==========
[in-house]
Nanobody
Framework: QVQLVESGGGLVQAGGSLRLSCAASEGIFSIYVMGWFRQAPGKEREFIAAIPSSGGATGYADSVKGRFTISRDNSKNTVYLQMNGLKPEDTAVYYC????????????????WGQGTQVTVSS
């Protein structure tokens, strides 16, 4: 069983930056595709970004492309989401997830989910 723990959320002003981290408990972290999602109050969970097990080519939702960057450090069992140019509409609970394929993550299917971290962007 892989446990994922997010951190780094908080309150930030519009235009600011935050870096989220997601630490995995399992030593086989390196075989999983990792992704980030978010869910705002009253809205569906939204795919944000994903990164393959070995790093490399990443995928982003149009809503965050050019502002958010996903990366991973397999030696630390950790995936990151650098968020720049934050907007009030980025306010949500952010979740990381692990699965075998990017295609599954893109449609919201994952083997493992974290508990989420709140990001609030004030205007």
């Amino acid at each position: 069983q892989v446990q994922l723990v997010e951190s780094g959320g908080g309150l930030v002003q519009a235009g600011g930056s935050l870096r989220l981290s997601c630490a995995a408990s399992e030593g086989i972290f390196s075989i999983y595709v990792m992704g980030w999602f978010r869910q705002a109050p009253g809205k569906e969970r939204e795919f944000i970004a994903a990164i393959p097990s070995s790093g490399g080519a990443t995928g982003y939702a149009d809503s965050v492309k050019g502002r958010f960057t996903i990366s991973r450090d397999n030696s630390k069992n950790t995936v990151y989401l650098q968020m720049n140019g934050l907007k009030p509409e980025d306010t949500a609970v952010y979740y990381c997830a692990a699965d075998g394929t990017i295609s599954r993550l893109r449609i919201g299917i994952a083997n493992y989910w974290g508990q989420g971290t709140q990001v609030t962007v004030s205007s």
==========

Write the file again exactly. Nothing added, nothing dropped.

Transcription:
[in-house]
Nanobody
Framework: QVQLVESGGGLVQAGGSLRLSCAASEGIFSIYVMGWFRQAPGKEREFIAAIPSSGGATGYADSVKGRFTISRDNSKNTVYLQMNGLKPEDTAVYYC????????????????WGQGTQVTVSS
């Protein structure tokens, strides 16, 4: 069983930056595709970004492309989401997830989910 723990959320002003981290408990972290999602109050969970097990080519939702960057450090069992140019509409609970394929993550299917971290962007 892989446990994922997010951190780094908080309150930030519009235009600011935050870096989220997601630490995995399992030593086989390196075989999983990792992704980030978010869910705002009253809205569906939204795919944000994903990164393959070995790093490399990443995928982003149009809503965050050019502002958010996903990366991973397999030696630390950790995936990151650098968020720049934050907007009030980025306010949500952010979740990381692990699965075998990017295609599954893109449609919201994952083997493992974290508990989420709140990001609030004030205007």
């Amino acid at each position: 069983q892989v446990q994922l723990v997010e951190s780094g959320g908080g309150l930030v002003q519009a235009g600011g930056s935050l870096r989220l981290s997601c630490a995995a408990s399992e030593g086989i972290f390196s075989i999983y595709v990792m992704g980030w999602f978010r869910q705002a109050p009253g809205k569906e969970r939204e795919f944000i970004a994903a990164i393959p097990s070995s790093g490399g080519a990443t995928g982003y939702a149009d809503s965050v492309k050019g502002r958010f960057t996903i990366s991973r450090d397999n030696s630390k069992n950790t995936v990151y989401l650098q968020m720049n140019g934050l907007k009030p509409e980025d306010t949500a609970v952010y979740y990381c997830a692990a699965d075998g394929t990017i295609s599954r993550l893109r449609i919201g299917i994952a083997n493992y989910w974290g508990q989420g971290t709140q990001v609030t962007v004030s205007s």